Virtual Events on Facebook [Case Study]
Inspired by the launch of the 2011 Ford Explorer.
On the 26th of July, 2010, Ford ended a decades old tradition of unveiling new models at flashy expensive auto shows, and took a leap of faith with Facebook. If you didn’t see this event as it happened, take a look on Mashable. In a nutshell, Ford used a dedicated fan page to build hype before, during and after the unveiling of the 2011 Explorer.
This event was extremely successful, surpassing its pre-launch fan target of 30,000, and I wanted to experiment with this concept. One of the Facebook pages that I moderated was about to surpass 100,000 fans and we were about to launch a new app exclusively for this community. I initially wanted to have live videos via USTREAM, but with limited time and resources, we narrowed the scope to text Updates, and Photo shares.
Tip: Always narrow scope before pushing dates, otherwise dates will continue to slip and nothing ever gets done. Check out this great post by Matt Mullenweg, 1.0 Is the Loneliest Number.
Objectives of this event
- Increase fan interactions
- Deliver valuable content to our fans
- Soft-launch a new application that adds features to our existing page
We created a custom landing page for new fans, as well as a new profile image to commemorate the milestone.
With our 3 objectives in mind, we focused on 3 types of posts:
- “Cisco Ripple” promotions
- Text posts in 5 different languages (Filipino, Russian, Portuguese, Chinese, Arabic)
- Story based on Inside Cisco building’s photos with captions that build up a story
- What’s a “Ripple”? Any thoughts? Get your dictionaries! Who can explain that properly? [8:00 am]
- Rippling Fact #1: You don’t need to leave Facebook to try “Cisco Ripple”. You can access it from inside Facebook! Register and Connect now! http://csc0.ly/60371zt [11:20 am]
- Did you start “rippling”?http://csc0.ly/60311zx – Hilal @ Cisco [11:40 am]
- NetAcad говорит по-русски: Какую тему Вы изучали на этой неделе? Вам понравилось? [12:00 pm]
- How do you find our “inside Cisco” photos until now? Are you planning to visit us anytime soon?http://csc0.ly/60351MB [1:00 pm]
We have a global fan-base, so we wanted this all day event to start on Monday at 9 AM in Singapore. We targeted Monday because it seemed to be the most active day for our fans. This isn’t the case for most US users, so know your fans. Our assumption is the majority of our fans are students in the developing world with limited Internet and computer access. Thus they can’t check their Facebook page until they get back to school on Monday.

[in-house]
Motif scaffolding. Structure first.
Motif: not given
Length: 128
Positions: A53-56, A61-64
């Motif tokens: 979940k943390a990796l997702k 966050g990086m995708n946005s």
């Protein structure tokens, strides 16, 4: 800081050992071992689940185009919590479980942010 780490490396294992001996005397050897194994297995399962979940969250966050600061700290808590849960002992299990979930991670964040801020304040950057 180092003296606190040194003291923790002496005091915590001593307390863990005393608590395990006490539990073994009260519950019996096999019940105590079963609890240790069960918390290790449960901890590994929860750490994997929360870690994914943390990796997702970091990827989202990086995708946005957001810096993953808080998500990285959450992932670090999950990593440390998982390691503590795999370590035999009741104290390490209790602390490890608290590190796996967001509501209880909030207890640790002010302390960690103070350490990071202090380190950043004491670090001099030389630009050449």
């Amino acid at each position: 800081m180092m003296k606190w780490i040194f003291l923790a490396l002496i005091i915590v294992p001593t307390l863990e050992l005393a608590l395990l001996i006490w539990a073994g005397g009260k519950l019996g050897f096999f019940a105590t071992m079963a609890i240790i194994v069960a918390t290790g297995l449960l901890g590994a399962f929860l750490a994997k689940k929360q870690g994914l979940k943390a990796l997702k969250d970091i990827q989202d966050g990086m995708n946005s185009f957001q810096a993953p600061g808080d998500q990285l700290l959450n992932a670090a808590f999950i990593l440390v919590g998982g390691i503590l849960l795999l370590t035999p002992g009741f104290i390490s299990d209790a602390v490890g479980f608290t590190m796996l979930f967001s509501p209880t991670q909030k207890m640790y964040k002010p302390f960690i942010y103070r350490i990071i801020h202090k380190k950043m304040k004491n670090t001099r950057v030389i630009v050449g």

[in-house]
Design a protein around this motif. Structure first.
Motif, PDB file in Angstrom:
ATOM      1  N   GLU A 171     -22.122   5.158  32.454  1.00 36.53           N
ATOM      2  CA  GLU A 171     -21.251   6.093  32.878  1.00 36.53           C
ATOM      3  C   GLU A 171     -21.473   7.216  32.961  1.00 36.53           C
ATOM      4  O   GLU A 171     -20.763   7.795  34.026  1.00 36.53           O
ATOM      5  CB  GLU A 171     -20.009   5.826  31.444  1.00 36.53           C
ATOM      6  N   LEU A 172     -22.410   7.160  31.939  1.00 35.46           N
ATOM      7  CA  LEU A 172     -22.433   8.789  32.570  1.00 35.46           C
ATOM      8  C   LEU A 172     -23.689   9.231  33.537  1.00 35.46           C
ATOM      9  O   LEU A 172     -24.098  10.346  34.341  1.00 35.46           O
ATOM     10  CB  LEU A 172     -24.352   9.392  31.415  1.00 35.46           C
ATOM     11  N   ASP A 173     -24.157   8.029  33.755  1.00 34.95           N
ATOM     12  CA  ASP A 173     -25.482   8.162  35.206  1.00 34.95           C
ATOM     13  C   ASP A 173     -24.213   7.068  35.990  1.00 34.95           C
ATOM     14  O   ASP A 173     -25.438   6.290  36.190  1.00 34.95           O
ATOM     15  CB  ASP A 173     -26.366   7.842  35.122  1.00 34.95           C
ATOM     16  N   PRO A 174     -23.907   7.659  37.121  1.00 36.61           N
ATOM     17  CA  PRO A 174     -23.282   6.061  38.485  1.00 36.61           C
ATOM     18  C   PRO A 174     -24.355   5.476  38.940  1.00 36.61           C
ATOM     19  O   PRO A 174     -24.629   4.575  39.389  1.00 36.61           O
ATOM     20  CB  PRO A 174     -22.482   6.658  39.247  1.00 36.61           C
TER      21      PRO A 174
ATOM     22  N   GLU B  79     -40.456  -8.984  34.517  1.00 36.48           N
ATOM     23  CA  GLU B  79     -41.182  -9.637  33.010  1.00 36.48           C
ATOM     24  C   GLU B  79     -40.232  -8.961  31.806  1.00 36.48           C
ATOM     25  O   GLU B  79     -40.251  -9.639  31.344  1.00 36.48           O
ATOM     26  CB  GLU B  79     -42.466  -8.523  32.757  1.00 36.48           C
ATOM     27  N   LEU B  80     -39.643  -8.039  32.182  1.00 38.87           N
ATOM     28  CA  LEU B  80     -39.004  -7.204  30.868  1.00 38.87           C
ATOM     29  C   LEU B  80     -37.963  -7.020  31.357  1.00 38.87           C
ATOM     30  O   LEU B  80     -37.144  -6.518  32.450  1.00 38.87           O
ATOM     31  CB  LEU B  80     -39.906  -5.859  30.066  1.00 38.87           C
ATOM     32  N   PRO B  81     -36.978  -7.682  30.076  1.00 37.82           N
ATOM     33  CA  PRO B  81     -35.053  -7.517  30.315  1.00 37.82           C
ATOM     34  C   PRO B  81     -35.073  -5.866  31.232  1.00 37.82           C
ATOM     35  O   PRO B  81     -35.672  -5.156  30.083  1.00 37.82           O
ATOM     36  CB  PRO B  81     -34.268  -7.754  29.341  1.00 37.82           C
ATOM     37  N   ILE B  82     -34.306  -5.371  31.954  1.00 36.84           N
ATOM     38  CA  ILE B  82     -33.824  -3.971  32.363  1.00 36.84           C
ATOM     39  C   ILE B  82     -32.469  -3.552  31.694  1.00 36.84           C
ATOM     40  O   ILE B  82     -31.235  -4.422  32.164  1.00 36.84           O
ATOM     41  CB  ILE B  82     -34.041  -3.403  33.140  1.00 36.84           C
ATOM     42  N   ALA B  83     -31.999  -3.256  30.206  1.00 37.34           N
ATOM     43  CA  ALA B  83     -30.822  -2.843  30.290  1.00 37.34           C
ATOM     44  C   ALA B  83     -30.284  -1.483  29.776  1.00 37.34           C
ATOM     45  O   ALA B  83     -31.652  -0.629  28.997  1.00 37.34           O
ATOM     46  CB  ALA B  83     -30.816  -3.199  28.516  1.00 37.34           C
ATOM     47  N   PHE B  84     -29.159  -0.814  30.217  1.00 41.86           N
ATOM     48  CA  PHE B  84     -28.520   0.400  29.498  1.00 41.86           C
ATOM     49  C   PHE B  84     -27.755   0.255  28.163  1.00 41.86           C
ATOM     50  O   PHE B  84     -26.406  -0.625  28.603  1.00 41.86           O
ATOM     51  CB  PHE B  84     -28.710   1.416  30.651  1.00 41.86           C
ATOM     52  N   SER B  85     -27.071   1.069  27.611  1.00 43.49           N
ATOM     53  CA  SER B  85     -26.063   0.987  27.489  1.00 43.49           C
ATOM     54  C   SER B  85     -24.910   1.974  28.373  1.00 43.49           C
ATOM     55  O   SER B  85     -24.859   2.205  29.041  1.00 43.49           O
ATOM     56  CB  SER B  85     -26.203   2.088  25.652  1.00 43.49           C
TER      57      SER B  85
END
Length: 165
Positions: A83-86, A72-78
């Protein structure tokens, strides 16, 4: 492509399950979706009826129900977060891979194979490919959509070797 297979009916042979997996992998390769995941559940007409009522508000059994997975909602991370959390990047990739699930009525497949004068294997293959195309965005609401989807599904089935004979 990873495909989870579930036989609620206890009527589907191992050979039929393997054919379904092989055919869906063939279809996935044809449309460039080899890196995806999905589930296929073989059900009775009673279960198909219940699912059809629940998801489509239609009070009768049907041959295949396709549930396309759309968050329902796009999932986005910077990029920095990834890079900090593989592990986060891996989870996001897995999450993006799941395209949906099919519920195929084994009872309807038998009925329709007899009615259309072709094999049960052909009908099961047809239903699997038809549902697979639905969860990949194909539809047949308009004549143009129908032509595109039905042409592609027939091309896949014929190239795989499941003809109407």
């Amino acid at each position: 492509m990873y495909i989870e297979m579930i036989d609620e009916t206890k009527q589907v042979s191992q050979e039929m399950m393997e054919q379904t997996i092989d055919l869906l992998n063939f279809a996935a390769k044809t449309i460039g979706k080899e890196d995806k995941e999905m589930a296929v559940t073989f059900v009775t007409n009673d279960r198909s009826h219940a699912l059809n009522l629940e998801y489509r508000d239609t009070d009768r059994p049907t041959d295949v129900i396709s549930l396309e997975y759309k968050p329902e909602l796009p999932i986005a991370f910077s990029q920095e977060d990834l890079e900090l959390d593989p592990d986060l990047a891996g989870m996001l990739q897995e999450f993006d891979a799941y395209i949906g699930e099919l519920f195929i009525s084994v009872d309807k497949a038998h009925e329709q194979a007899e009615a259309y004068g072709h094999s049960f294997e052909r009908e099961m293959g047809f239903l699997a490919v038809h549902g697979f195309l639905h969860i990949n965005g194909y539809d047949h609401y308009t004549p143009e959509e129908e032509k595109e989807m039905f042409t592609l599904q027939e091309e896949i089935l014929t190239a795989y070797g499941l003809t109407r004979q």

If you hadn’t realized it yet, 9 AM in Singapore is 6 PM on Sunday in California. We wanted hourly updates; similar to what Ford did, so we leveraged Spinrklr to schedule all of our posts for the 24-hour event. This allowed for us to focus on interactions and not the pre-planned updates.
The Results (Courtesy of @HilalChouman)
The results of September 20th, in respect to an average day, were awesome! Logged-in and unique pages views increased by a factor of 1.5 (150% increase). Likes and comments also saw an enormous increase, the most interesting finding was the ratio of likes to comments (almost 1:1). We witnessed 1500 likes (usual average 400), an increase of 275%, and 1250 comments (usual average 400), an increase of 212%.
Logged-in page views, unique page views, likes, comments, and .. unsubscribers
However, the day witnessed a slight increase in number of unsubscribers. A few people during the day complained about the updates filling in their newsfeed. This was a good sign that we had cracked into Facebook’s newsfeed algorithm, but we felt obligated to adjust to the feedback. The scheduled updates were adjusted, and a few of the redundant updates were removed from the schedule.
Another insight we had from this event was the value of rich media like photos. While on platforms like Twitter, photos don’t have much of an impact; on Facebook the results were astounding, almost 5000.
We compared the responses to the three different types of updates, and it was clear that NetAcad students wanted to reply to posts made in their native languages. The feedbacks to the language posts outperformed the application launch and the inside Cisco photo posts.
Languages perform better than all other updates